Suzanne Spencer Rendahl

Commentator

Suzanne Spencer Rendahl is a former journalist whose work has appeared in publications including the Boston Globe. She lives with her husband and two children in Plainfield, NH.

Suzanne Spencer Rendahl

When I was a high school student in suburban Connecticut in the late eighties, I came across a letter on our family kitchen table one evening about an upcoming school board election.

Ira Schwartz / AP

Recently, as my eight year old son was walking through the family room, I heard him chanting something unusual: “Build a Wall! Build a Wall!”

Suzanne Spencer Rendahl / VPR

At a time when the U.S. is tending to look inward with proposed walls and tariffs, kids across the country have instead been looking beyond our borders.

My daughter’s in seventh grade - the age of pre-algebra, dances, and crushes. Once it was also the age of many newlyweds and it startles me to realize that in New Hampshire, legally speaking, it still can be.

Up until recently, I had only known the National Rifle Association as the sporting turned Second Amendment lobbying group that has fought against proposed gun restrictions, including ones for the AR-15, the assault-style rifle used in the Parkland, Florida, school shooting that left seventeen students and teachers dead.

It seemed like an uncontroversial move when the Lebanon, New Hampshire, school board voted last fall to ban faculty, students, and members of the public from bringing firearms onto school property, into school vehicles, and to school events on any property in the city.

For weeks, I slogged my way through the almost seven hundred page American Ulysses: A life of Ulysses S. Grant, one of the two recent big biographies of our 18th president, of whom I knew embarrassingly little.

For the past two decades, one of the highlights for kindergarten through third grade kids at the Plainfield, New Hampshire elementary school – and one of the biggest banes of some parents – is a research assignment called Project Sleuth.

For kindergartners it starts out relatively simple and easy: they research themselves, reporting on their heights, weights, favorite foods, and past-times.

It was a warm April afternoon in nineteen ninety nine when I first heard about the Columbine massacre in which two Columbine shooters killed thirteen before taking their own lives. I was about to teach a yoga class and my yoga training hadn’t prepared me for how to respond to an event like this. So my students and I simply sat on our mats and talked.

In nineteen eighty nine, after living in Washington State, Ohio, Virginia, and Connecticut, I moved to New Hampshire to attend college.

Suzanne Spencer Rendahl

Just as my family departed for our annual camping vacation on Cape Cod, we learned that wreckage of the World War Two era US Warship Indianapolis had finally been found.

According to the New York Times, New Hampshire, where I live, is second only to West Virginia for the highest per capita rate of deaths from opioid addiction.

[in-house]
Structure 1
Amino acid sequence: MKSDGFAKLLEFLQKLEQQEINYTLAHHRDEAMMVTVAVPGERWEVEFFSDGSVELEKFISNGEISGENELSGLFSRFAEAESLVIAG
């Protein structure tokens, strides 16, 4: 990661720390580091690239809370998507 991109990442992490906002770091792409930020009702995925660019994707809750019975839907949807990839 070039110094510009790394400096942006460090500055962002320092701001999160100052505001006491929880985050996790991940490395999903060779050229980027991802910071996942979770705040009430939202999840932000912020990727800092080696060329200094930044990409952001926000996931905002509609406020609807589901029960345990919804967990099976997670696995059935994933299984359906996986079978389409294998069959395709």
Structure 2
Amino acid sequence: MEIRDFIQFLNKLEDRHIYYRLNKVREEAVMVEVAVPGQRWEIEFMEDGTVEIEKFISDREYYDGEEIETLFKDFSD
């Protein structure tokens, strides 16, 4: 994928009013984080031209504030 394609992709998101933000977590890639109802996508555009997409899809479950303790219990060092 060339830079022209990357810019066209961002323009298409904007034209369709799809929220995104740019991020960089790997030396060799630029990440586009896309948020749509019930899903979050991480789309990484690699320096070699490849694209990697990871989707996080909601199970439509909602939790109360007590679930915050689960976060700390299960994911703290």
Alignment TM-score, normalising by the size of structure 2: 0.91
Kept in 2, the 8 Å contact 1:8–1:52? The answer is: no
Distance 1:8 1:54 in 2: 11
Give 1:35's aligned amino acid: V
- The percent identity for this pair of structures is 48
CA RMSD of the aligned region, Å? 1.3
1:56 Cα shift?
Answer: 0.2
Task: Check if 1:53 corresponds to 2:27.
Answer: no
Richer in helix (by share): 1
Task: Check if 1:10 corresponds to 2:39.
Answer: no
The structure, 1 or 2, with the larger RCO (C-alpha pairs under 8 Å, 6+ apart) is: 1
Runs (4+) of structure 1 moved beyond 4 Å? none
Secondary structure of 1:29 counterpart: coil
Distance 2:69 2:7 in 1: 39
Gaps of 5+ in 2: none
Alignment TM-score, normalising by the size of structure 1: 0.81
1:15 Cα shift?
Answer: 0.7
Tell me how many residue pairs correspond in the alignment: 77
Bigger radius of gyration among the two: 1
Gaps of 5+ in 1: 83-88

My state representative Lee Oxenham recently asked me to sign a petition calling on the town select board to commit to the goals of the Paris Climate Accords. I gave it a quick look.

I’ve done a little time traveling, courtesy of The New York Times. The paper recently crunched age and diversity data from the US Census Bureau, combined the result with population projections, and compared 3,000 counties with the country as a whole, over time.

This past weekend we celebrated Memorial Day to honor fallen servicemen and women. I myself am daughter of a decorated Vietnam veteran, and while I don’t attend parades, I do pause and reflect on the price our service members pay to preserve our freedoms.

When my son and daughter look at their baby albums, they see pictures of themselves bundled in blankets alongside other mementos that most kids don’t have – like electrodes that attached to their chests and lead wires connecting them to computers that measured every heart beat and breath for weeks, and tubes used to feed them.

My town school teaches the basics well, but it doesn’t have a lot of extras. Plainfield Elementary School’s gym doubles as an auditorium. Thanks to money raised privately, we’ll finally get a new playground this summer to replace one that’s thirty years old and falling apart.

According to poll data published recently by The New York Times, Vermonters worry and talk about climate change more than the rest of the country. The Times even published a series of maps showing how people in different regions view climate change.

Almost a century ago in Charlottesville, Virginia, Carrie Buck’s mother had been institutionalized for what was then called feeblemindedness.

Like millions of kids nationwide, my seven-year-old son glues his ear to the nearest speaker whenever he hears the soundtrack of the Broadway hip-hop smash hit Hamilton.

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